Small-scale Water Treatment Facilities for Domestic Use and

Artificial Recharge with Surface Water

UNESCO-IHE Institute for Water Education

 

 

Project Profile

Core Parties:    Israeli Partners: Water Commission, Mekorot Water Company

Jordanian Partner: Ministry of Water and Irrigation (MWI)

Palestinian Partner: Palestinian Water Authority (PWA)

External Support Agency: Netherlands Ministry of Foreign Affairs

Context: To implement regional research projects on Water Treatment and Artificial Recharge

Duration: 1 April 2002 – 31 March 2010

 

Objectives

The general objectives are to identify and implement pilot studies in the fields of water treatment and artificial recharge which, if proven successful, can be applied on a wider scale by all three Core Parties. More specifically, the project includes the implementation of five pilot studies, the organization of a short course on groundwater modelling, the supervision of local MSc research and the dissemination of knowledge and experiences in the field of water treatment and artificial recharge.

 

Description

This project was formulated in 1999 and implemented by IHE in April 2002. The duration of the 5-year project was later extended until April 2010. The project forms part of the water-related activities that are carried out in the framework of the EXACT programme for the Israeli, Jordanian and Palestinian Core parties. The EXACT-IHE project includes the following five components:

 

I. Small-scale Treatment Facilities for Domestic Use

The EXACT meeting in London in April 2003 agreed to the following pilot studies: treatment of water from a well in Baq’a (Jordan) with high iron concentration, treatment of biological contamination of the Al Qilt spring, supplying water to the Aqbat Jabr Refugee Camp near Jericho (West Bank) and treatment of well Holon 8, contaminated with heavy metals and located in the industrial area near Tel Aviv. Although the raw water quality problems that have been identified are quite different, the problems appear to be a rather common phenomenon in the region.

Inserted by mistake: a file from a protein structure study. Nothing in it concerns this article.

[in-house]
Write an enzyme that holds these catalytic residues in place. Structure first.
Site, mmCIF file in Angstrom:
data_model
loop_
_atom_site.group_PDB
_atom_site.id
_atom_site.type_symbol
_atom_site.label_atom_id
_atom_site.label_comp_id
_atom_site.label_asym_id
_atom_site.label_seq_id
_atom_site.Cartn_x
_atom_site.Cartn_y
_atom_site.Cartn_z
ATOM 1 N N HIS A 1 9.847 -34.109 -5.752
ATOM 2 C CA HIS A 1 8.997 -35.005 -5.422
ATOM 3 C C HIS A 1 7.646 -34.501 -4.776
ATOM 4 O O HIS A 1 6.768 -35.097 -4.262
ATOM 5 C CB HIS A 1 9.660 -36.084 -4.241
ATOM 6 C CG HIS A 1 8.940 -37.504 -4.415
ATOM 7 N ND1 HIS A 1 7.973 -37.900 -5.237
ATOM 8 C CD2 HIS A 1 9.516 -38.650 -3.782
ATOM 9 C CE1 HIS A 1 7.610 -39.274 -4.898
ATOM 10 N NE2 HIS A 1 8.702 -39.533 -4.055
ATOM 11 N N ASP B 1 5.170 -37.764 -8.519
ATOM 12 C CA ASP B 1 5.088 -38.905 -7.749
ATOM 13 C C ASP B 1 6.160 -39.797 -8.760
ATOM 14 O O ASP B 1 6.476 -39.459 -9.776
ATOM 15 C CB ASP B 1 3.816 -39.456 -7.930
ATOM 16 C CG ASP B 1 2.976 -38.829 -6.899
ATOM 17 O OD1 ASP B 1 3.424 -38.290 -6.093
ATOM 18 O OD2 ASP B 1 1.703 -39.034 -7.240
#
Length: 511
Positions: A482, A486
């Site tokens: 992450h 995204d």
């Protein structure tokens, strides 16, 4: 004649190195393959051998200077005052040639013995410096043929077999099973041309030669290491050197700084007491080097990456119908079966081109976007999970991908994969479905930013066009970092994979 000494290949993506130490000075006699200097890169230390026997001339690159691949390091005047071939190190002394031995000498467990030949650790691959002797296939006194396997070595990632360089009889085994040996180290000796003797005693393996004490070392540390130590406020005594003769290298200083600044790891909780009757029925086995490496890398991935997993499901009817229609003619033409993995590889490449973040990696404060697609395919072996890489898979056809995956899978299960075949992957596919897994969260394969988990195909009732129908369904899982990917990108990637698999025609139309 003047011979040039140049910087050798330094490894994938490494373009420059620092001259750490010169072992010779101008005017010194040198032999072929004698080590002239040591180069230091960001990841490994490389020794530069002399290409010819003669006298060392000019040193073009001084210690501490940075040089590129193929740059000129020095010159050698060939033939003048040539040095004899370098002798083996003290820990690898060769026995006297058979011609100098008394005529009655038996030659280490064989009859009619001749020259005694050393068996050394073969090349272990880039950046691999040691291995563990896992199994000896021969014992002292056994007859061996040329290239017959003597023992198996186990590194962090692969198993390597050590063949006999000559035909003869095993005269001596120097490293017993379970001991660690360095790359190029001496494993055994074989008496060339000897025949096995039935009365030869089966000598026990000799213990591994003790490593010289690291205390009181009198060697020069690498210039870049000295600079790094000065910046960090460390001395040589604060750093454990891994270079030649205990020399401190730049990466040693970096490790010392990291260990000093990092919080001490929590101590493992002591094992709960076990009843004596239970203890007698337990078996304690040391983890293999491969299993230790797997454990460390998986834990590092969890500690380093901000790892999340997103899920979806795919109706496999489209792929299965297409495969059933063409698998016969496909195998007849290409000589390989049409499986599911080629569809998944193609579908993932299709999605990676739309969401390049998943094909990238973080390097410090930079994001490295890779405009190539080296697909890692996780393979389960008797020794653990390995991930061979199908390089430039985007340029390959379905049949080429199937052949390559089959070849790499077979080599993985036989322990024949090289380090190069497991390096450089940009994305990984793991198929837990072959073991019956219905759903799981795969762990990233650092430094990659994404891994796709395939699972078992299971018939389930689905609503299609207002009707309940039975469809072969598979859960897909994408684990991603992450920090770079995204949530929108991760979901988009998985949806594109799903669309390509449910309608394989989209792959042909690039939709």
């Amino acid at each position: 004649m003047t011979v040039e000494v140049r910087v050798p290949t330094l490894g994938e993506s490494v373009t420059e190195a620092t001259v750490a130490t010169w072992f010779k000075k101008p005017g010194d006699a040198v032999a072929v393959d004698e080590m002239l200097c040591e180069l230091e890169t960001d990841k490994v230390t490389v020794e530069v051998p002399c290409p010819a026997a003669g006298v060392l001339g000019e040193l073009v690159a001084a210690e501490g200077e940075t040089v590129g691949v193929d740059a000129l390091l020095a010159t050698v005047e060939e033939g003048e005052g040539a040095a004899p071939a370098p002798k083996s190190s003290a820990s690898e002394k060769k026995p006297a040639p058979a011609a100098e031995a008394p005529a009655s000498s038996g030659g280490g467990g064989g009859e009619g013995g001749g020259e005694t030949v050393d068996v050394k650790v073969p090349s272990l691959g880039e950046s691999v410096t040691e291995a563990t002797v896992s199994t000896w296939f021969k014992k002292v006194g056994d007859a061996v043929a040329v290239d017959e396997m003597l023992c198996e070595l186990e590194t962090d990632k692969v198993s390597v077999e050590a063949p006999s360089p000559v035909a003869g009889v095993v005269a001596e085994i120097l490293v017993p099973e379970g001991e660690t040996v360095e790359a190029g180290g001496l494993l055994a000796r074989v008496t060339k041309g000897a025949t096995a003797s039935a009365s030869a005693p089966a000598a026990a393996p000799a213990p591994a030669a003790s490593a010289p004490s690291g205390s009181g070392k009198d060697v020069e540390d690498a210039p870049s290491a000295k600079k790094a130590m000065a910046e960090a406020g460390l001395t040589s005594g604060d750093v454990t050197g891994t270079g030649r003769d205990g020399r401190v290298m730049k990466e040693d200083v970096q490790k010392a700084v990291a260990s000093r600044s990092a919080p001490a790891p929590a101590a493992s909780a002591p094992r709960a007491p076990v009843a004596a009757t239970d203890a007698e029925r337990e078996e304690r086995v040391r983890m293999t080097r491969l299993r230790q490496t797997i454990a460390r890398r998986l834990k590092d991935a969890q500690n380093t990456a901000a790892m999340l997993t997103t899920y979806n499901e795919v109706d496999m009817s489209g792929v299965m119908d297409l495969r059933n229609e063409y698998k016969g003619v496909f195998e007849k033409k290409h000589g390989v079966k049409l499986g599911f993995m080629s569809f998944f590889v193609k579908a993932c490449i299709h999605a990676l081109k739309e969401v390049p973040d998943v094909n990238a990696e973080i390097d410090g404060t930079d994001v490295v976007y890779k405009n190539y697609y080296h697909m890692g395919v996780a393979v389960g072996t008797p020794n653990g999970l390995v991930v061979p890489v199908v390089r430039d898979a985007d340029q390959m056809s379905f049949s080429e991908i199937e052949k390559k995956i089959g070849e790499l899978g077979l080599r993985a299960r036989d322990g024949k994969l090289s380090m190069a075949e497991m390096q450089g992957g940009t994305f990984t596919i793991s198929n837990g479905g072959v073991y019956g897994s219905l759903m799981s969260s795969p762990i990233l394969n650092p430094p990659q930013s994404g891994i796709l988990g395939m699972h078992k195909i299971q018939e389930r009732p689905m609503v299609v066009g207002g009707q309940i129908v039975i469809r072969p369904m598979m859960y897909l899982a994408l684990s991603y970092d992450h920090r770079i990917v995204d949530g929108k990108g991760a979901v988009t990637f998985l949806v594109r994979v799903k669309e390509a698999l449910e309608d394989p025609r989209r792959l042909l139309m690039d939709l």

The first pilot plant came into operation in October 2004. This treatment plant for the removal of iron has been supplying 6000 persons in the refugee camp Baq’a with good quality drinking water since then. Research on iron removal was carried out by MSc students at UNESCO-IHE and a local MSc student, staff member of the Water Authority of Jordan (WAJ) at the University of Jordan. A second MSc on the operation of the plant will be carried out in 2007/2008 in Jordan. MSc theses on these studies can be downloaded here. The plant has shown to be very efficient in the removal of iron and has already been copied to locations elsewhere in Jordan. In view of the shortness of good quality drinking water, the capacity of the pilot plant will be increased.

 

The existing water treatment plant supplying drinking water to the Aqbat Jabr refugee camp near Jericho has been upgraded. The activity was carried out in close cooperation with the PWA and the owner of the plant, UNRWA. The slow sand filters were completely renovated, covered and filled with new filter material. The governor of Jericho and the representative of the Netherlands Representative Office in Ramallah opened the upgraded plant in December 2006. The intake of water from the Al Qilt spring is now automatically discontinued if the quality is below standard. A training course for technicians operating the plant will be held in 2007. There are plans to add another treatment step to the plant in order to increase the water quality and the production of drinking water. An MSc student from Birzeit University carried out a study on the pollution and water quality of Wadi Al Qilt. The thesis can be downloaded here. A second MSc study by a student from Birzeit University will be carried out in 2007/2008.

 

Several studies on the removal of heavy metals from groundwater were carried out, both at UNESCO-IHE in Delft as well as in Israel at the Hebrew University. The MSc reports can be downloaded here. The research on chromium removal from groundwater in the industrial area Holon near Tel Aviv is carried out in close cooperation with the Water Commission and Mekorot. Results obtained from trial pumping showed a very variable chromium concentration, which depends on the location of the well, its depth and the pumping regime. It is obvious that this will complicate the operation of the pilot plant. After the agreement on the duty specifications, tender documents were prepared and contractors from Israel and The Netherlands have been invited. After the construction of the plant on 2007 a second MSc study will be carried out by a student of the Hebrew University.